In the original language, this is absolutely exquisite poetic writing. William Lane attempted to pull the poetry into English.
An economy of words that paints a foreboding picture, isn’t it?
I’ve told before of a horrific recurring dream I used to have as a kid. I would have to walk on this stepping stone path. I was forced to go from stone to stone, I couldn’t leave it, couldn’t not go forward. One of the stones would be the trigger; I would step on it and hear a spring snap, and then this horrible maniacal [note: I mispronounced this in BOTH services!] laughter, and the dark sky would light up like red fire, and I knew my fate was sealed. But I had to keep going from stone to stone until it happened, until the whole thing exploded.
It was how I lived my life, with this belief that you were always going to mess up, but there was nothing to do but go forward and wait for the punishment. It was my perfectionistic, people pleasing, don’t-mess-up-life encapsulated in one horrific nightmare.
And I’ve come to realize it was a metaphor for how I viewed God, too. God was just waiting for me to mess up. Waiting to spring punishment on me. Making me keep going through the motions while I knew all along that I had failed and didn’t measure up.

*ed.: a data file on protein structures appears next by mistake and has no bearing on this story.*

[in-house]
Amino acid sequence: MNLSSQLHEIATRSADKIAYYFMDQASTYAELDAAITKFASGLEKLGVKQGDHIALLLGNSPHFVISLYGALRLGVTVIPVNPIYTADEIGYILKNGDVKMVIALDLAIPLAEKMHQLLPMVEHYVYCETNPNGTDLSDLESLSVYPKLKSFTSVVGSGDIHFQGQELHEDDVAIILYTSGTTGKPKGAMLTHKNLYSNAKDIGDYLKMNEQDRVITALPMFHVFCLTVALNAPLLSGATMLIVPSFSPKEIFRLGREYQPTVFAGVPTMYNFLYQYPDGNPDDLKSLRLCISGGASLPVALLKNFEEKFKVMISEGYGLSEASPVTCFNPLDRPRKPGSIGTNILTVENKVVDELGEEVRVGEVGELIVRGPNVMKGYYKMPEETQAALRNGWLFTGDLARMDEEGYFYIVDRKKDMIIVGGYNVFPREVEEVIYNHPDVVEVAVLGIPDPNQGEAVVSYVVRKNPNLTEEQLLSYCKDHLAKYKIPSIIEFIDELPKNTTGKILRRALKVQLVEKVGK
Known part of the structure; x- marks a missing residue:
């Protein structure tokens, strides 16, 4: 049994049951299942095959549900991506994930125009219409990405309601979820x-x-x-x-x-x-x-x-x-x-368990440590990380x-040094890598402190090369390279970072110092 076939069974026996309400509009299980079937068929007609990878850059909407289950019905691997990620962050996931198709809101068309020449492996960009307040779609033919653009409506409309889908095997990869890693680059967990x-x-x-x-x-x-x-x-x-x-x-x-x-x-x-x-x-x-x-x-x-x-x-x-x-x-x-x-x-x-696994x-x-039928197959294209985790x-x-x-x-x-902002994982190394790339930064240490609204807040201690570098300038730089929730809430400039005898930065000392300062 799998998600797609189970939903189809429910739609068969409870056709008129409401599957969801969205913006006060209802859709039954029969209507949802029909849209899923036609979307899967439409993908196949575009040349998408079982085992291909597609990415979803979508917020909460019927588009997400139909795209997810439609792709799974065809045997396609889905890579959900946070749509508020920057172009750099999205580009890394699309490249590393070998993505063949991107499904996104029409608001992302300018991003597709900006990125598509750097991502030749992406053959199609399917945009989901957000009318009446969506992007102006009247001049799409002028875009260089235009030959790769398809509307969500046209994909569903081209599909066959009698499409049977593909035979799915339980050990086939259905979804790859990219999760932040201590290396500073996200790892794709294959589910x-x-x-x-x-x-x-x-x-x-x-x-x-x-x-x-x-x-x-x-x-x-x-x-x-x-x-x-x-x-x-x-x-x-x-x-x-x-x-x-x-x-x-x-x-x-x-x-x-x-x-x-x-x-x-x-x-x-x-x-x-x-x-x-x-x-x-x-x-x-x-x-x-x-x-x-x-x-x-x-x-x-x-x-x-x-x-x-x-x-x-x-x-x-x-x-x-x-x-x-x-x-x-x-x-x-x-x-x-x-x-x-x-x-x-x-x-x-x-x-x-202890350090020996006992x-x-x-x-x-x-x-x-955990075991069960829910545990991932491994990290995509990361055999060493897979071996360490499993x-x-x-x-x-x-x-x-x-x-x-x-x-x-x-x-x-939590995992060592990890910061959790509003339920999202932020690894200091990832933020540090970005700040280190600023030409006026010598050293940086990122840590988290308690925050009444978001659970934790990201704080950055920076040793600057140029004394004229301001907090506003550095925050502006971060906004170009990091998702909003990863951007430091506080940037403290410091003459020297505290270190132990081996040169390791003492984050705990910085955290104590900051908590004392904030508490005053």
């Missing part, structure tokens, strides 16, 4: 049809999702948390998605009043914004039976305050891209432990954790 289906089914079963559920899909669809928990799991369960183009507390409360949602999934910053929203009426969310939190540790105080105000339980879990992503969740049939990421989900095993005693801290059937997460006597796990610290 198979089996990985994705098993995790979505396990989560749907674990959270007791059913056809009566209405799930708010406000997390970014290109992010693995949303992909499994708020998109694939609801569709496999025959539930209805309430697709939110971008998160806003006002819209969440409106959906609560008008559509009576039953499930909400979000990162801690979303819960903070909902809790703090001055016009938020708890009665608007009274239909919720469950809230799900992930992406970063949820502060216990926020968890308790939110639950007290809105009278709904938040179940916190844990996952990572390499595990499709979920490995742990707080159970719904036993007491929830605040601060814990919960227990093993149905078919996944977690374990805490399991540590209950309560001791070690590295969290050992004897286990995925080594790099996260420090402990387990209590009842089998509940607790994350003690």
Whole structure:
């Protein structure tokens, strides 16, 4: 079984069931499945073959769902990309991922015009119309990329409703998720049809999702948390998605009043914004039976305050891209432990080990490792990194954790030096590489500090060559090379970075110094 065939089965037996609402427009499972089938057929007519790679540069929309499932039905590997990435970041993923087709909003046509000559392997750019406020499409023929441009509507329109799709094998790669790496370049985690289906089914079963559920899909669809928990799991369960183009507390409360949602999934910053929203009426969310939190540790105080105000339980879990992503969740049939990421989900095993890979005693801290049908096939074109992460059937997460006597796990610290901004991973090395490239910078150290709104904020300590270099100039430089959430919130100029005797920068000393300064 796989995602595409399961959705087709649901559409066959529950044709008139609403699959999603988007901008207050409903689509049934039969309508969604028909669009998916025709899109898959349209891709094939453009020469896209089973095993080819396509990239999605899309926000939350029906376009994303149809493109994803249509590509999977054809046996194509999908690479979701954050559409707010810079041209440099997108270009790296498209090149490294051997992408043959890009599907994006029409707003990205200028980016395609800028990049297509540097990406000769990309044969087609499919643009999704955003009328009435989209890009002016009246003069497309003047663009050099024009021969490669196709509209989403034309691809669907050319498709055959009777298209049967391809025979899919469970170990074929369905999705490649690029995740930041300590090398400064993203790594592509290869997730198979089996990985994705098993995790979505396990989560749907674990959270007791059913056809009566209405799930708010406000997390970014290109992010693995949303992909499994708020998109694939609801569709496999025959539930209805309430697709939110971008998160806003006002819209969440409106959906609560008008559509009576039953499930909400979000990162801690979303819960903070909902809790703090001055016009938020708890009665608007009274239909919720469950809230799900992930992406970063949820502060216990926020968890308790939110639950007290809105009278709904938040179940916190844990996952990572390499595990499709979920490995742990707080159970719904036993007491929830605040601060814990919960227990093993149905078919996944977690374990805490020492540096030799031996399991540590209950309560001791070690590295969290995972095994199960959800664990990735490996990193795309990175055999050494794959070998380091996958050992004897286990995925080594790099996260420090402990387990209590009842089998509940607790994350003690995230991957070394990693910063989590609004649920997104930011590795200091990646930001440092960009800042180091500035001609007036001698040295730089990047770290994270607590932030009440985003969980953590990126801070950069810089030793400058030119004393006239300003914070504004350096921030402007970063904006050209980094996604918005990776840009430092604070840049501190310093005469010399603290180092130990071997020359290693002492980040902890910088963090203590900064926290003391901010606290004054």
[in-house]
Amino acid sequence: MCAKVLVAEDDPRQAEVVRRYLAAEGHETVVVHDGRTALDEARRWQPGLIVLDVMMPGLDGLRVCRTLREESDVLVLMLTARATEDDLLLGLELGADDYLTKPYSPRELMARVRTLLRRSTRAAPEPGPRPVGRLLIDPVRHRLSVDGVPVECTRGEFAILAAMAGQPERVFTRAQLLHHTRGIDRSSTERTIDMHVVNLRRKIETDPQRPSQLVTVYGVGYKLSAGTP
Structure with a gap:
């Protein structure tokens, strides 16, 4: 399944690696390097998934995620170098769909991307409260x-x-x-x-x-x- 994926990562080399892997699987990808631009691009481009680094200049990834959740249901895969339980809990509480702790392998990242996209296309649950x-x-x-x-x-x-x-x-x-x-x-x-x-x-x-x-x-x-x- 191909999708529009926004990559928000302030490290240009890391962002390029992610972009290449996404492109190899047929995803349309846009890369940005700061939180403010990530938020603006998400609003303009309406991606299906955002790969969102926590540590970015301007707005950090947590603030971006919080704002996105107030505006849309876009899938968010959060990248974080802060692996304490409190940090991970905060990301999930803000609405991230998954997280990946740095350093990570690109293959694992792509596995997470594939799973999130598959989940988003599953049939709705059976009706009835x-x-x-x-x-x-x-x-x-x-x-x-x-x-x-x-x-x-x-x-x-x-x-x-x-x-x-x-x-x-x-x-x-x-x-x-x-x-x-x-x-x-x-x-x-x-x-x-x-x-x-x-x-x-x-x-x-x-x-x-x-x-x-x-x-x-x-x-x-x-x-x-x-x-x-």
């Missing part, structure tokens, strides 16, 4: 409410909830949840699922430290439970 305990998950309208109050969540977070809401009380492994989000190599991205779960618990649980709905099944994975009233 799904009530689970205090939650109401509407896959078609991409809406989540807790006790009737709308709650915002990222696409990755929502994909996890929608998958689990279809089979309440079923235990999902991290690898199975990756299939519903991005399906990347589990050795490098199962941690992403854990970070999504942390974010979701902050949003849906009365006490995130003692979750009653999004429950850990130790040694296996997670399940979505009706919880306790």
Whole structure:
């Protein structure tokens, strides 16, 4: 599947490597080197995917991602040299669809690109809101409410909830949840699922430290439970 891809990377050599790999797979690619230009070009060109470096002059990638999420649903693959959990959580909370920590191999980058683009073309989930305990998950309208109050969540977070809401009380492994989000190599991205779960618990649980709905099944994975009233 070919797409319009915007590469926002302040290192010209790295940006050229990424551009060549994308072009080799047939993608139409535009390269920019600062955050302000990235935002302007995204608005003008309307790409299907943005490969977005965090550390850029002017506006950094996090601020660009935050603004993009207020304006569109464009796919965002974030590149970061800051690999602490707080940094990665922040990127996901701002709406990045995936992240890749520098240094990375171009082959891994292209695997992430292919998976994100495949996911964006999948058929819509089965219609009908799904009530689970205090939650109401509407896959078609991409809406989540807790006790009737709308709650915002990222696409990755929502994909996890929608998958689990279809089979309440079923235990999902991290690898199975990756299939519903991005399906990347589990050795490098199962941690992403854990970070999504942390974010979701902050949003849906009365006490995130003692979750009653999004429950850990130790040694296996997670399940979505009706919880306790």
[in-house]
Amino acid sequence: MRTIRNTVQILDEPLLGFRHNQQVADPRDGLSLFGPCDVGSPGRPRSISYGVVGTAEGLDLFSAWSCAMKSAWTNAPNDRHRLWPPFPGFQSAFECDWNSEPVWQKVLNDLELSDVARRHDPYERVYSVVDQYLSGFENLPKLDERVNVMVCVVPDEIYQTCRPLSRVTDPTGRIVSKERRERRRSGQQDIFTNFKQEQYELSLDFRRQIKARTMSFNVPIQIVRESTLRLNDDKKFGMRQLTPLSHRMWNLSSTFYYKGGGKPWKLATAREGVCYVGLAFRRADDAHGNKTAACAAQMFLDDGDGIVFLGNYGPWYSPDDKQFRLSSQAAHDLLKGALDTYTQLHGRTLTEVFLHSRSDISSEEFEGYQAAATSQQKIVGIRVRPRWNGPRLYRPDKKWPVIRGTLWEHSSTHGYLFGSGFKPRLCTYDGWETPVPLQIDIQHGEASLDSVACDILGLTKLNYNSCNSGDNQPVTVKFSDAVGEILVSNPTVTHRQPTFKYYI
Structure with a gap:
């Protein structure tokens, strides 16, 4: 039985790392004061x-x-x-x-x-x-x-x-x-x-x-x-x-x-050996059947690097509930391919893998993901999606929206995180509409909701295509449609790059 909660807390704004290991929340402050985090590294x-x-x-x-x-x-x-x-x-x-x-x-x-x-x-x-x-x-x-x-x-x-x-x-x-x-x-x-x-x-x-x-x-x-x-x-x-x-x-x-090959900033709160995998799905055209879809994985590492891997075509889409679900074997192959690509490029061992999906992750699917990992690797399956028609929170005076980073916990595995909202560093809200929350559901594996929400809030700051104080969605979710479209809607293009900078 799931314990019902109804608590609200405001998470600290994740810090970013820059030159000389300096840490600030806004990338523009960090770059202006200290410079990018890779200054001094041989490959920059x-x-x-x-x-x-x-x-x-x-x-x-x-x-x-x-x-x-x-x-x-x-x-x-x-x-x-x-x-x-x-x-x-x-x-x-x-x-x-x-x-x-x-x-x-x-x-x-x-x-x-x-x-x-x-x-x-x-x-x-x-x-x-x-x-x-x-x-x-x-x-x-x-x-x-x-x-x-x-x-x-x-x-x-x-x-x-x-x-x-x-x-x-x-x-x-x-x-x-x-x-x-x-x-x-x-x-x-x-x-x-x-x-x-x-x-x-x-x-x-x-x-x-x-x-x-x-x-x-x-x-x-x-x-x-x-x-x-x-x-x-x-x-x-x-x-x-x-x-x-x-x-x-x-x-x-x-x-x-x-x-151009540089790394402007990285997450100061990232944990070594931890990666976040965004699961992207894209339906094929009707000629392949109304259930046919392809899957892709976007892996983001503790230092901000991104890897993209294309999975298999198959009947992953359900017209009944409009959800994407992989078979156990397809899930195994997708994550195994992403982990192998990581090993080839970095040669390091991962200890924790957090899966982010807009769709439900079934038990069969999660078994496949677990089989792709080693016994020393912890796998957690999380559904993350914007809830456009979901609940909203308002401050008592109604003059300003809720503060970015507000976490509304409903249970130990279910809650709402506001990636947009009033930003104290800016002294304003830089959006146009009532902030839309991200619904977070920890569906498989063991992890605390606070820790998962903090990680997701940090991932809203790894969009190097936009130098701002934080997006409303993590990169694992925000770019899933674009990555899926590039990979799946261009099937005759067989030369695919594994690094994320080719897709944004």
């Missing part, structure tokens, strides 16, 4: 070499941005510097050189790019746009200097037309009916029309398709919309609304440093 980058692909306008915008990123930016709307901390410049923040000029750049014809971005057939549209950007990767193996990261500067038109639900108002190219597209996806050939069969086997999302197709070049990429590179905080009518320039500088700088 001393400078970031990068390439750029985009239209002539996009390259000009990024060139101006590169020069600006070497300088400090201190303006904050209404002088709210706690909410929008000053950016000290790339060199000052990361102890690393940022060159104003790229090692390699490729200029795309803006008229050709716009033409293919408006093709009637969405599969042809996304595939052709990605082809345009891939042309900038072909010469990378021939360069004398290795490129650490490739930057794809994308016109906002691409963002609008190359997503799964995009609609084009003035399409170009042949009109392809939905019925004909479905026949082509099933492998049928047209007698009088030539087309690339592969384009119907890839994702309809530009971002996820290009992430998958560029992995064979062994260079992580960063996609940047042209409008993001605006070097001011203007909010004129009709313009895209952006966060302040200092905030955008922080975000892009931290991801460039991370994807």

This is how Hebrews portrays Sinai, how Hebrews describes how the Jewish people interacted with God in fear. Untouchable, blazing fire. Darkness, gloom, whirlwind. God’s voice so threatening that we all beg that no further thing be said.
The author of Hebrews is selectively pulling these images from Deuteronomy 4. It’s a biased selection, actually; in Deuteronomy while Sinai is awesome and fearsome, God is also clearly present…not distant as the Hebrews account seems to convey. The author of Hebrews also goes further than Deuteronomy to say that not only the people, but even Moses was “terrified and trembling”.
This is a debater’s case, a biased case to highlight the differences. I believe the truth is that God has always wanted to be known, that even Sinai was God coming to connect with humanity. But the point is well taken, isn’t it? And we in Christian circles, Christians who have never tried to live by Torah or thought of ourselves as people of Moses…even we in Christian circles have sometimes created a picture of God that is as fearsome as these seven haunting lines, haven’t we?
But with Jesus, there is a new picture, a new covenant, a new goal. Here’s how William Lane tries to express the poetry: